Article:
The Caribbean’s push for reparations from descendant beneficiaries of slavery made major headway today as a Scottish university that acknowledged it earned millions from the trade signed a memorandum of understanding (MOU) with the University of the West Indies.
The agreement will result in the joint establishment and management of a research facility dedicated to studies that lead to various development projects in the region.
No date has been set, but the agreement calls for the building of joint facilities at both UWI and the University of Glasgow.
The Scottish university, as an act of reparation for slavery, has agreed to contribute £20 million to the institution to fund its operations and research programmes over the next 20 years, officials said.
At the abolition of slavery in 1833, the British government compensated slaveowners £20 million for their ‘loss of property’ as enslaved African people were emancipated.
The buyout, estimated to have been worth 40 per cent of the British national budget of the day, is now worth about £17 billion in today’s money.
The Scottish university – founded in 1451, the fourth-oldest university in the English-speaking world – decided to take the step following research done some four years ago that proved that it had benefitted directly from the proceeds of slavery and the slave trade totalling some £200 million in today’s value.
Addressing the MOU signing ceremony from UWI’s Kingston headquarters, Sir Hilary Beckles said the partnership represents “a commitment to fund development solutions for the people of the Caribbean as they continue to battle with the debilitating legacies of slavery and colonization”.
He added: “We have agreed to jointly establish and manage an institution for collaborative research action that will mobilize historical knowledge to be galvanized to meet the development needs of the Caribbean and Africa.
“This institution will be called the Glasgow Caribbean Centre for Development Institution.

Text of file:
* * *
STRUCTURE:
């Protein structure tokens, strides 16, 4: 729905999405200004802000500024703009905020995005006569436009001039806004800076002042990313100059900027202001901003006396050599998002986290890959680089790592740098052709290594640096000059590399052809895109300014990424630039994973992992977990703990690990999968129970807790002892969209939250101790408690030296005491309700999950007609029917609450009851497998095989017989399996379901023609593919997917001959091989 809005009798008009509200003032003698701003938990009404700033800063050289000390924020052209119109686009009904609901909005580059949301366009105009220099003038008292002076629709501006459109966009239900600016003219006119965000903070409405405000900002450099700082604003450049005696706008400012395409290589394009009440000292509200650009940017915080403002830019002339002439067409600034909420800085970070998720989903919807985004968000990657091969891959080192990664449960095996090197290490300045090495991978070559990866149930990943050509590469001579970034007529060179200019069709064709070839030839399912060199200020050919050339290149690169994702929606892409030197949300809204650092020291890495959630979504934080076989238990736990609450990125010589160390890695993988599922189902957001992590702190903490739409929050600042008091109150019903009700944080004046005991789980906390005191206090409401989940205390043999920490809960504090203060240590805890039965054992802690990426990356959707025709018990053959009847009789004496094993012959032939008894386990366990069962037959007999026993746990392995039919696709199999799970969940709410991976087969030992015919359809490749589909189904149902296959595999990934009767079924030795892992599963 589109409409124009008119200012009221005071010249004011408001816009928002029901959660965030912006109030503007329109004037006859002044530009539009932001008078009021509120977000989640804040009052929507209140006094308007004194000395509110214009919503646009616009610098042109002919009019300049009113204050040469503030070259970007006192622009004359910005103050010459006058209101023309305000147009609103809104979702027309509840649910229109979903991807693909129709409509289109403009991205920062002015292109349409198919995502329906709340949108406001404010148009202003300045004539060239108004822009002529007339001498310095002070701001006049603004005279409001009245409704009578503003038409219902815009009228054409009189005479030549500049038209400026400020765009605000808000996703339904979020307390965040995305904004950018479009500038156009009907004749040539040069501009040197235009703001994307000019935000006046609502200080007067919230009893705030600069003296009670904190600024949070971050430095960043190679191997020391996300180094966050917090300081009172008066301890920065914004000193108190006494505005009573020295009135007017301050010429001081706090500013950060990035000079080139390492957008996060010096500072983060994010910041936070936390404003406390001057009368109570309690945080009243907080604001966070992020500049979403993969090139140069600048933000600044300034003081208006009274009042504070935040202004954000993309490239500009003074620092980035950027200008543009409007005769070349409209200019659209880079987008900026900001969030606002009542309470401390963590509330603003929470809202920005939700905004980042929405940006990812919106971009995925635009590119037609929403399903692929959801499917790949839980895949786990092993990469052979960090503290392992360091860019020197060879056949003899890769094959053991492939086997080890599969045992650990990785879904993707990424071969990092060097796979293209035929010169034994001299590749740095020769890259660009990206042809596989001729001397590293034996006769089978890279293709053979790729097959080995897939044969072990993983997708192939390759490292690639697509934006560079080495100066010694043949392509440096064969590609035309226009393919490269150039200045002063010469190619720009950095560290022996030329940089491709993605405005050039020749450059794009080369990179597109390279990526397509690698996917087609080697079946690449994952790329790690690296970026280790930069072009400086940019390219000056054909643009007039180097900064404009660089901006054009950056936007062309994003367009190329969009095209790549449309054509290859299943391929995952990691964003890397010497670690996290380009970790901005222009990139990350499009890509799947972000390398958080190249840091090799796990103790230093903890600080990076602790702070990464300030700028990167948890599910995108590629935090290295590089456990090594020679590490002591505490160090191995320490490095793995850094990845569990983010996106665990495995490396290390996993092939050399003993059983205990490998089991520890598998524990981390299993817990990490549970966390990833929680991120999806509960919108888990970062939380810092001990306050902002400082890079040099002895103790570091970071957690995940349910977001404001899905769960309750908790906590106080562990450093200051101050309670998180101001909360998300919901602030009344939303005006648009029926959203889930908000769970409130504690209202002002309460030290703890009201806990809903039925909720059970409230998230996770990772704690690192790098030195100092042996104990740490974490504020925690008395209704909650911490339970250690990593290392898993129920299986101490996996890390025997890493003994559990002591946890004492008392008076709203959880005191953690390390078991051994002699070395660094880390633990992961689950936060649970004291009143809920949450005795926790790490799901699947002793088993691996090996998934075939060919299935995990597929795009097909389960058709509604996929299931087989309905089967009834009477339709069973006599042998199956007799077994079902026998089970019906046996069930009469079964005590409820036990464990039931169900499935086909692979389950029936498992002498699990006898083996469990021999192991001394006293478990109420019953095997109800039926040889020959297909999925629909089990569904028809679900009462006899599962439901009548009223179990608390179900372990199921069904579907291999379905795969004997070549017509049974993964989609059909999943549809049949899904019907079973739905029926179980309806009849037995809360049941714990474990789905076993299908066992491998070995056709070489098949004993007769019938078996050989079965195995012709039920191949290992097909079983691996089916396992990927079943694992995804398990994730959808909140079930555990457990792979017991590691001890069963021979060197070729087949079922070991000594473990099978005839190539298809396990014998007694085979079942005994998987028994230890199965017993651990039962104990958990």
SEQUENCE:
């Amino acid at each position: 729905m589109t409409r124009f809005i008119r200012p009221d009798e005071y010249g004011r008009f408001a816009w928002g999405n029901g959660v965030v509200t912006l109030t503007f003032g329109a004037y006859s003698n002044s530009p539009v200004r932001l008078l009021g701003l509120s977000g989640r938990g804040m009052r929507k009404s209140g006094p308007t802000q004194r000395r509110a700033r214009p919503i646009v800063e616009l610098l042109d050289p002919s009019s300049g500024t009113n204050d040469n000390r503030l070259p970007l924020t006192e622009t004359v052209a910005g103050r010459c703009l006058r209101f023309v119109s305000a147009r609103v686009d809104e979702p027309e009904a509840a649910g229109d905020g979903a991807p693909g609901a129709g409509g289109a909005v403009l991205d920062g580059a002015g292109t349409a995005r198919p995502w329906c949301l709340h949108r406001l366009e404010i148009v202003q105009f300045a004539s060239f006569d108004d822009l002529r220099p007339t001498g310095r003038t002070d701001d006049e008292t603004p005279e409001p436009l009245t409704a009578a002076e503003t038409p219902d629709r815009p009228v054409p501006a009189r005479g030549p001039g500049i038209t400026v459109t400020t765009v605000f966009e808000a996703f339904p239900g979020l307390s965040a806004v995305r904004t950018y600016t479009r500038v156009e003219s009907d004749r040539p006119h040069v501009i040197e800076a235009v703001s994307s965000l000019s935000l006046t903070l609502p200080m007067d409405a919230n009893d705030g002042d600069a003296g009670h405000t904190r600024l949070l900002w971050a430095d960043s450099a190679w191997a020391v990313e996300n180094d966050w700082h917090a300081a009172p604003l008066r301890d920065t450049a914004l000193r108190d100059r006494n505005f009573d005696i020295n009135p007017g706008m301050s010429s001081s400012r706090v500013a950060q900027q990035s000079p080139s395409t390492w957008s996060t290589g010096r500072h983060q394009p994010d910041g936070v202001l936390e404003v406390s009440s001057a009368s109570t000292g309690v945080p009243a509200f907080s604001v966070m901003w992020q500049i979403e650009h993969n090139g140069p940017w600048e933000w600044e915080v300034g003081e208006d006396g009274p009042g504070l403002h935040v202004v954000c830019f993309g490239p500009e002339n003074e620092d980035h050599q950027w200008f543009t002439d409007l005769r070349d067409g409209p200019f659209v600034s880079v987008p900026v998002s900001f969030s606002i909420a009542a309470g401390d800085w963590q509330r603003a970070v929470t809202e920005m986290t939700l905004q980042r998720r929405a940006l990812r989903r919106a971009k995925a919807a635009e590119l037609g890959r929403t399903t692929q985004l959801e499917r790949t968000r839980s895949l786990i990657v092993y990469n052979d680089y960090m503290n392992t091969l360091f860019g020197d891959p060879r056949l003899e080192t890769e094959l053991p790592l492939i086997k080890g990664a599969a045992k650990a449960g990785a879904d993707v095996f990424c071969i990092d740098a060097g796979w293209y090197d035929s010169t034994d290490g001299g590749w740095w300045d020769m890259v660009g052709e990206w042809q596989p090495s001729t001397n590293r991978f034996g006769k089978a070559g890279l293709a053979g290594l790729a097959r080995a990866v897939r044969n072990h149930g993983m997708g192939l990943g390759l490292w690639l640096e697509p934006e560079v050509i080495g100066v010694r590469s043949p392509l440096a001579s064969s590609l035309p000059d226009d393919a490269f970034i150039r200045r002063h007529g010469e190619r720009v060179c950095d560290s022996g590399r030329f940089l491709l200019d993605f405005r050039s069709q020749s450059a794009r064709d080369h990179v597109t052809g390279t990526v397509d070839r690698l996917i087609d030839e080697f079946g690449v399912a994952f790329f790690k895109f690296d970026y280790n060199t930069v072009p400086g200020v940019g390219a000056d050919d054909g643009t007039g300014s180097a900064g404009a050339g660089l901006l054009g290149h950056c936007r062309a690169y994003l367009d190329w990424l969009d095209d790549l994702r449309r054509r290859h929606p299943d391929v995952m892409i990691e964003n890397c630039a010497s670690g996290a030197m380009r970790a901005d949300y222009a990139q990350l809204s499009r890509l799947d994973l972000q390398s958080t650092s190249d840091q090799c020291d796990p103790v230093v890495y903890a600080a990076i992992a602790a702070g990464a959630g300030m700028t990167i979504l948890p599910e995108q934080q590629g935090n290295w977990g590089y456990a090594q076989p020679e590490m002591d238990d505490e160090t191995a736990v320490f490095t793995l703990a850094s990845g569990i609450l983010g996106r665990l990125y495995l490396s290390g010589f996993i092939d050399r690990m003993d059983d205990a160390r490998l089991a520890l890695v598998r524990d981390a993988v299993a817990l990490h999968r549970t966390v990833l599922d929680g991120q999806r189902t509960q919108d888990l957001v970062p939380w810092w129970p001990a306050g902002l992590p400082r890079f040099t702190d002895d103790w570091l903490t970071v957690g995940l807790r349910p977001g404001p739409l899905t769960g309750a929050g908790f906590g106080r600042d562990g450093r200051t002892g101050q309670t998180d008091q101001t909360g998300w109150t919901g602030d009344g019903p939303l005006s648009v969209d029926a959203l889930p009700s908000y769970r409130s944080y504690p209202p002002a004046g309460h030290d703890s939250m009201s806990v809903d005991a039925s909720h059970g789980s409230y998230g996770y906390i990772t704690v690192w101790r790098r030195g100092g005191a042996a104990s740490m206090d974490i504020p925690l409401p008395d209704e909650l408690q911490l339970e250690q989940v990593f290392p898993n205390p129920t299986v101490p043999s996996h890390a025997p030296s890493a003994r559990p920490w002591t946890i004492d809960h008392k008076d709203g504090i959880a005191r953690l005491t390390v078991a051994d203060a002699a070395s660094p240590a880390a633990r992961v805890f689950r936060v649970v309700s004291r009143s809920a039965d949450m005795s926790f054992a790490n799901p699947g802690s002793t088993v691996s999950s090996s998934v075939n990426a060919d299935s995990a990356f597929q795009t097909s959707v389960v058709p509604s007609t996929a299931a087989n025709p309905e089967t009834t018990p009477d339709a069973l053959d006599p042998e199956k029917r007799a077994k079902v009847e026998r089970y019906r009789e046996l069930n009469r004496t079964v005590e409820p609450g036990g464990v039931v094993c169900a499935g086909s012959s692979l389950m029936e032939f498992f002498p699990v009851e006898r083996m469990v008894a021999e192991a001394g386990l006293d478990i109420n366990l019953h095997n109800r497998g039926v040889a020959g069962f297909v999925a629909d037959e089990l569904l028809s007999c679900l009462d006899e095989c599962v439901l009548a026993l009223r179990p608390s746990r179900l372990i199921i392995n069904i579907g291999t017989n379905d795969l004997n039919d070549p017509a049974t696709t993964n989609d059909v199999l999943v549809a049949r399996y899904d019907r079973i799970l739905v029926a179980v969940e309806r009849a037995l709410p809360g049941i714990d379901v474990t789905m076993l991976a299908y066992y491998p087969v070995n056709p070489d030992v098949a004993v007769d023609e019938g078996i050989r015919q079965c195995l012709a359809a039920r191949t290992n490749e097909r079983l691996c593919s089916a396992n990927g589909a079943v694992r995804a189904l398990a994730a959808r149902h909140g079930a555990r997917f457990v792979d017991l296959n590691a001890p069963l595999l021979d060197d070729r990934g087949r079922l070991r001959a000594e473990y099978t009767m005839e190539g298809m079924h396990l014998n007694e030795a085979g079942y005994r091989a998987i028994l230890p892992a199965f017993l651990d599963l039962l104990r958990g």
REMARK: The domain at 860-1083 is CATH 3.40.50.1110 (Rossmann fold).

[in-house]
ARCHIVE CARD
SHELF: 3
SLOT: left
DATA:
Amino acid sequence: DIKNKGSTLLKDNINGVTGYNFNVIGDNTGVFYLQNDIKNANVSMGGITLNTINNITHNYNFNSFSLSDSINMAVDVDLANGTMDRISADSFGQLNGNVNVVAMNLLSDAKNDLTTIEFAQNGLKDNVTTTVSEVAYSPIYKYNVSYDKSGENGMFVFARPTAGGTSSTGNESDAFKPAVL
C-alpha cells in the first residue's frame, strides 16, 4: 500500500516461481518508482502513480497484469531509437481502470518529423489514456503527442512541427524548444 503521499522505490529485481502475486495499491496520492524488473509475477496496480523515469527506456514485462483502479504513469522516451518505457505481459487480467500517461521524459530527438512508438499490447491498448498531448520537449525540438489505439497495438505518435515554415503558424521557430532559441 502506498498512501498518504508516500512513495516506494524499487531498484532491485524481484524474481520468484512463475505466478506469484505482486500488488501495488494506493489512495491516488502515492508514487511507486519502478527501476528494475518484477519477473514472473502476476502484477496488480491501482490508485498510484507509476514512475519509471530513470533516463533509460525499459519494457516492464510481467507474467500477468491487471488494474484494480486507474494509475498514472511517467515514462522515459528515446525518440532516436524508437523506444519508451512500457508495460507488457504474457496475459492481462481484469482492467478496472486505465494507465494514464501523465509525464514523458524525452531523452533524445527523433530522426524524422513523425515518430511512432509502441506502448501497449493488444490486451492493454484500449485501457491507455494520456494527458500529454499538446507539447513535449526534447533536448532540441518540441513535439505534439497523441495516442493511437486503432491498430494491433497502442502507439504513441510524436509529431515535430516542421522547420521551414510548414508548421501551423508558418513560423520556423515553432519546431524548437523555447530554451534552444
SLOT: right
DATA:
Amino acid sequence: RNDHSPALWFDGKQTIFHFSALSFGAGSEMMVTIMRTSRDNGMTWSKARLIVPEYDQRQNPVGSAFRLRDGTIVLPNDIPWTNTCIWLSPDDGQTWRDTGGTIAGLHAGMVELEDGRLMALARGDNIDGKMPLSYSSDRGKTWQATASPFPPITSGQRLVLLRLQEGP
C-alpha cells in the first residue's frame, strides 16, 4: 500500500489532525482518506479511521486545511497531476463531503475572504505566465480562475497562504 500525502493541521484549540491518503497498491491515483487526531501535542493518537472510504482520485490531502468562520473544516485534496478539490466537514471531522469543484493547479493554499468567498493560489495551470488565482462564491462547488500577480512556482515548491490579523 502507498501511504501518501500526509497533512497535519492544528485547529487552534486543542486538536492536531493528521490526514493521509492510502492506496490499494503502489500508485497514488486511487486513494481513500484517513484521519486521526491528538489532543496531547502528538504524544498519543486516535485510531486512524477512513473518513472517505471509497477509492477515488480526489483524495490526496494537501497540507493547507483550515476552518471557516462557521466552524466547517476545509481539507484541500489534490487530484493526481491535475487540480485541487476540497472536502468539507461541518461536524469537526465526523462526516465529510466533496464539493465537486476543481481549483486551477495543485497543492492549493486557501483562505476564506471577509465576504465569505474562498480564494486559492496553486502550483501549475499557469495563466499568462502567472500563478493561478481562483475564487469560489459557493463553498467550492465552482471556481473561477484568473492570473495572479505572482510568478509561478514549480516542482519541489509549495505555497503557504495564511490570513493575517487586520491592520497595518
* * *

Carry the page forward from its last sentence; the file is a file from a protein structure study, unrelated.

“Its collaborative research agenda will revolve around broad areas and issues of public health, development economics and cultural empowerment and related themes and subjects.”
Sir Hilary said the centre will be administered by a joint board and its activities and allocations will be “guided by the principle of reparatory justice”. UWI is also looking at the possibility of establishing an “online slavery museum”, he said.
He said other universities in the UK were in the process of “looking at the matter” of reparation and at least two of them have so far agreed to “research and then stand up and repair”.
Dr David Duncan, Chief Operating Officer and University Secretary and Chair of History of Slavery Committee at the University of Glasgow, said the intention behind signing of the MOU was “to be honest as we can about the past and be forward looking and respect the different experiences we have had historically and establish a true partnership”.
Stating that the university could not go back and change the past, he said the signing of the MOU could be seen as a part of the learning institution’s way of saying “sorry”.
Dr Duncan explained that the agreement paved the way for his institution to raise more awareness about slavery and reparation, offer scholarships for students of minority ethnic background, carry out further research on slavery and its consequences and further collaborate with institutions in countries affected by slavery.
Stating that Glasgow University was willing to share its expertise with others, Dr Duncan said he was hoping that the MOU between the two learning institutions would serve as an example for others to follow.
He declared: “We are absolutely determined as two universities that this will not be a ‘no action, talk only’ agreement.
“It will be the beginning of a real partnership.
“We are not in the business of researching and running, this will be an enduring bond between the two institutions.”
In a recorded video message, Prime Minister Mia Mottley welcomed the signing of the agreement, though acknowledging that “no amount of time could erase the scares” of those affected by slavery.
Describing the MOU as “a step in the right direction” and “a start of saying sorry and dealing with the consequences”, she believed once the research process was started then the region would be able to address a number of developmental issues.
Mottley, who chairs CARICOM’s prime ministerial subcommittee on reparation, said she hoped others would follow in the British university’s footsteps.